Our government secrecy fetishists invest their security clearances (held by an elite coterie of 4.8 million people) and the information security (InfoSec) regime they continue to elaborate with all sorts of protective powers over life and limb. But what gets people killed, no matter how much our pols and pundits strain to deny it, aren’t InfoSec breaches or media leaks, but foolish and clueless strategic choices. Putting the blame on leaks is a nice way to pass the buck, but at the risk of stating the obvious, what has killed 1,605 U.S. soldiers in Afghanistan since 2009 is the war in Afghanistan — not Bradley Manning or any of the other five leakers whom Obama has prosecuted under the Espionage Act of 1917. Leaks and whistleblowers should not be made scapegoats for bad strategic choices, which would have been a whole lot less bad had they been informed by all the relevant facts.
Pardon my utopian extremism, but knowing what your government is doing really isn’t such a bad thing and it has to do with aiding the (American) public, not the enemy. Knowing what your government is doing is not some special privilege that the government generously bestows on us when we’re good and obedient citizens, it’s an obligation that goes to the heart of the matter in a free country. After all, it should be ordinary citizens like us who make the ultimate decision about whether war X is worth fighting or not, worth escalating or not, worth ending or not.
When such momentous public decisions are made and the public doesn’t have — isn’t allowed to have — a clue, you end up in a fantasy land of aggressive actions that, over the past dozen years, have gotten hundreds of thousands killed and left us in a far more dangerous world. These are the wages of dystopian government secrecy.
Despite endless panic and hysteria on the subject from both major parties, the White House, and Congress, leaks have been good for us. They’re how we came to learn much about the Vietnam War, much about the Watergate scandal, and most recently, far more about state surveillance of our phone calls and email. Bradley Manning’s leaks in particular have already yielded real, tangible benefits, most vividly their small but significant role in sparking the rebellion that ejected a dictator in Tunisia and the way they indirectly expedited our military exit from Iraq. Manning’s leaked reports of U.S. atrocities in Iraq, displayed in newspapers globally, made it politically impossible for the Iraqi authorities to perpetuate domestic legal immunity for America troops, Washington’s bedrock condition for a much-desired continuing presence there. If it weren’t for Manning’s leaks, the U.S. might still be in Iraq, killing and being killed for no legitimate reason, and that is the very opposite of national security.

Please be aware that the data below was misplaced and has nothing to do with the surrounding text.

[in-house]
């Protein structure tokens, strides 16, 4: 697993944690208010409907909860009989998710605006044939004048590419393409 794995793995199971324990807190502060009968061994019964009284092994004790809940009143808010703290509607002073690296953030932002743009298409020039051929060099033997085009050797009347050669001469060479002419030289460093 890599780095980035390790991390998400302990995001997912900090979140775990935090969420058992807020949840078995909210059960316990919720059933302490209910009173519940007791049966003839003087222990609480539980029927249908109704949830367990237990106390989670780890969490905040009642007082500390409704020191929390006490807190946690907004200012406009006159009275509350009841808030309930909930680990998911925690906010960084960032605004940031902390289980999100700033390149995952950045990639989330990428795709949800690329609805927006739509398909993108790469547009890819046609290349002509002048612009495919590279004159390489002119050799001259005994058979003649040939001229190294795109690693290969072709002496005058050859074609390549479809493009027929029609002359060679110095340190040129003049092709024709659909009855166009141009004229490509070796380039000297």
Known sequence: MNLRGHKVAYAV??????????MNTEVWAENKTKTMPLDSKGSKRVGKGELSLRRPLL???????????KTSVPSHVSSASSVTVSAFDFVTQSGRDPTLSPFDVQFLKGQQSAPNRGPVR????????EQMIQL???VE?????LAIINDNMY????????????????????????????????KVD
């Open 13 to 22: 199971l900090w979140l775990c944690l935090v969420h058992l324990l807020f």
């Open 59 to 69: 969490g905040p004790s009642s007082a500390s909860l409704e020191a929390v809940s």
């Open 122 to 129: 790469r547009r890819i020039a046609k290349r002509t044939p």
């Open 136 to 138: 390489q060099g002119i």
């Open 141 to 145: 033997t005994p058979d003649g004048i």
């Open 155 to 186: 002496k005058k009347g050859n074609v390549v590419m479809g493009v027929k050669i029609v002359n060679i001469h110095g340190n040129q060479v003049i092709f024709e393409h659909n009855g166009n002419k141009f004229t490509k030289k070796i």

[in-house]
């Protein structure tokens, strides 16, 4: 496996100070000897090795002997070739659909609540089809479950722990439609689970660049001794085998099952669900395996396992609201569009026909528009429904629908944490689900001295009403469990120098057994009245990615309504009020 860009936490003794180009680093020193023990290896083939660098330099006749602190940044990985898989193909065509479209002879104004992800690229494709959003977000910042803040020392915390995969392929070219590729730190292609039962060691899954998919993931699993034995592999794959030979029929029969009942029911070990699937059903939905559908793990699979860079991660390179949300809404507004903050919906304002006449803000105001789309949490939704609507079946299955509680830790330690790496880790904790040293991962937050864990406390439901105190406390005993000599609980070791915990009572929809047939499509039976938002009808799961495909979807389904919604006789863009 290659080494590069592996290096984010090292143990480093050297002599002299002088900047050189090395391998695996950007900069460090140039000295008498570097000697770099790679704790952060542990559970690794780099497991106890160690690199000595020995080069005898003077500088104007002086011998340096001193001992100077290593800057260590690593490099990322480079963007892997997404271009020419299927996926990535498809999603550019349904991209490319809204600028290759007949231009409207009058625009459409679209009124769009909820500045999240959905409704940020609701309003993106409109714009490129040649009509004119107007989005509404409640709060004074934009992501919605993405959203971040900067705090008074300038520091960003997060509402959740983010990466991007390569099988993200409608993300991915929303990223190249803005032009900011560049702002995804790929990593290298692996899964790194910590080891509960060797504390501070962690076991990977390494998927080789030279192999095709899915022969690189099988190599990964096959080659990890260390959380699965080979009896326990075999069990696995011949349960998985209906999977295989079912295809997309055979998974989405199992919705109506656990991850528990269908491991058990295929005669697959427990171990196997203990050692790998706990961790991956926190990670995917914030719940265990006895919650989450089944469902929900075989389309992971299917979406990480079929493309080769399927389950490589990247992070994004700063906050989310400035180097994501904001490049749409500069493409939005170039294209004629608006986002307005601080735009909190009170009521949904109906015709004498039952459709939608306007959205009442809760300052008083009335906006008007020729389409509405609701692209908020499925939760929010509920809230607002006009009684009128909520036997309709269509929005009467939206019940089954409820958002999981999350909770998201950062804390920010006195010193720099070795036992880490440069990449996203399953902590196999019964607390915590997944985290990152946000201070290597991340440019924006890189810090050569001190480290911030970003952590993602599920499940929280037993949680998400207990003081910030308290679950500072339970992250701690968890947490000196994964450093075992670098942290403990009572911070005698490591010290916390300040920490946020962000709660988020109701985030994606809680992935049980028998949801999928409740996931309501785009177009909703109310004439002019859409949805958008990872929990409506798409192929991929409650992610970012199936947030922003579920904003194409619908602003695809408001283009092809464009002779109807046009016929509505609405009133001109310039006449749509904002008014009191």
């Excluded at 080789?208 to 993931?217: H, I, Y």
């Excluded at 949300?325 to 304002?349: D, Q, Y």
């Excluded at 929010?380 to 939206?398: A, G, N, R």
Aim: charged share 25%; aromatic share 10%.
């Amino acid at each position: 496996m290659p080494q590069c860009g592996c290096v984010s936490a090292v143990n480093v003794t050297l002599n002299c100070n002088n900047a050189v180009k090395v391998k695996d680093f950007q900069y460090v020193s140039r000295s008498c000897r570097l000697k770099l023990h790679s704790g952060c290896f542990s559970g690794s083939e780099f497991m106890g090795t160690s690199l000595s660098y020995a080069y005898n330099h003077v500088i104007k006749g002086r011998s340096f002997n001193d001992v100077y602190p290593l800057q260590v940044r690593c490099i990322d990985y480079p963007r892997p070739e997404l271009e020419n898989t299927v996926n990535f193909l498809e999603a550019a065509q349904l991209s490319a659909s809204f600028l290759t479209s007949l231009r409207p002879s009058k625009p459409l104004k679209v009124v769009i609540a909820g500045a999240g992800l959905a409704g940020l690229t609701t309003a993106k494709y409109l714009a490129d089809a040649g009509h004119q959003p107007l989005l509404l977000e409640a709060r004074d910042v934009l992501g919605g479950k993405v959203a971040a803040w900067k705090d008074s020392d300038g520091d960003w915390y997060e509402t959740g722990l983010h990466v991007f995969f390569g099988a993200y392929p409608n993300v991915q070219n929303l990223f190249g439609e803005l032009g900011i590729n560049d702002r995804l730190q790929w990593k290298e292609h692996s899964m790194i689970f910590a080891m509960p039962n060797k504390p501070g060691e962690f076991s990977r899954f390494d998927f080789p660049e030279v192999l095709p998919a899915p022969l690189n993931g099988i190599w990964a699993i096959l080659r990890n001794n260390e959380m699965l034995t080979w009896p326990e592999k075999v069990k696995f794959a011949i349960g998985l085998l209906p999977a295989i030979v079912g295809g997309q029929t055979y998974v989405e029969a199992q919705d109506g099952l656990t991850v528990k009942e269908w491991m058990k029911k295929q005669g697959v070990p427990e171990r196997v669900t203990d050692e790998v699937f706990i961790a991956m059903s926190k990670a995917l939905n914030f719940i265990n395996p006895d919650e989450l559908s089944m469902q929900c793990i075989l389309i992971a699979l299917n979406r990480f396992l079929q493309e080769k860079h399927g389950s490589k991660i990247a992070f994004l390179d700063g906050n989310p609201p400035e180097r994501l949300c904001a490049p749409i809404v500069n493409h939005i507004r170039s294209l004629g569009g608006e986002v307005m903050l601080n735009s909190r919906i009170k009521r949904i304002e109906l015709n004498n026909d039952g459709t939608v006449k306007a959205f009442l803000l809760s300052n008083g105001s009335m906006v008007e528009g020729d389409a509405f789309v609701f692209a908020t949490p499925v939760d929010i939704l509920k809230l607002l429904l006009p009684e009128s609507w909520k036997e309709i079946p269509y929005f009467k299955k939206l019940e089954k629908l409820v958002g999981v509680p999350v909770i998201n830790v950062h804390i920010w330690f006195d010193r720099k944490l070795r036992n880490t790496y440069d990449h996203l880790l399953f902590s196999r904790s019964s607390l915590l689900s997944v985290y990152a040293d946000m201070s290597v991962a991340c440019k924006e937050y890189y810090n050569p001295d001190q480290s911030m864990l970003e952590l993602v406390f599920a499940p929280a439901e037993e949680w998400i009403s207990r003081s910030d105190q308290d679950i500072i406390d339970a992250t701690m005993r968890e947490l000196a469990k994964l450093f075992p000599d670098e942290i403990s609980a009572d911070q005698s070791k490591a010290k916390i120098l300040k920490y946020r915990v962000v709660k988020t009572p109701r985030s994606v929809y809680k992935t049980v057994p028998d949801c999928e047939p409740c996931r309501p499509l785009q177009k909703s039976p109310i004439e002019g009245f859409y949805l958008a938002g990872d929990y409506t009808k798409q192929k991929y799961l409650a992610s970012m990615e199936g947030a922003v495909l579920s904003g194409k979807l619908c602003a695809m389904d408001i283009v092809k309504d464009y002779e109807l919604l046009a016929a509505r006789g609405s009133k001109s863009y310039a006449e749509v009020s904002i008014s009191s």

Knowledge is Not Evil
Thanks to Bradley Manning, our disaster-prone elites have gotten a dose of the adult supervision they so clearly require. Instead of charging him with aiding the enemy, the Obama administration ought to send him a get-out-of-jail-free card and a basket of fruit. If we’re going to stop the self-inflicted wars that continue to hemorrhage blood and money, we need to get a clue, fast. Should we ever bother to learn from the uncensored truth of our foreign policy failures, which have destroyed so many more lives than the late bin Laden could ever have hoped, we at least stand a chance of not repeating them.
I am not trying to soft-pedal or sanitize Manning’s magnificent act of civil disobedience. The young private humiliated the U.S. Army by displaying for all to see their complete lack of real information security. Manning has revealed the diplomatic corps to be hard at work shilling for garment manufacturers in Haiti, for Big Pharma in Europe, and under signed orders from then-Secretary of State Hillary Clinton to collect biometric data and credit card numbers from their foreign counterparts. Most important, Manning brought us face to face with two disastrous wars, forcing Americans to share a burden of knowledge previously shouldered only by our soldiers, whom we love to call heroes from a very safe distance.
Did Manning violate provisions of the Uniform Code of Military Justice? He certainly did, and a crushing sentence of possibly decades in military prison is surely on its way. Military law is marvelously elastic when it comes to rape and sexual assault and perfectly easygoing about the slaughter of foreign civilians, but it puts on a stern face for the unspeakable act of declassifying documents. But the young private’s act of civil defiance was in fact a first step in reversing the pathologies that have made our foreign policy a string of self-inflicted homicidal disasters. By letting us in on more than a half million “secrets,” Bradley Manning has done far more for American national security than SEAL Team 6 ever did.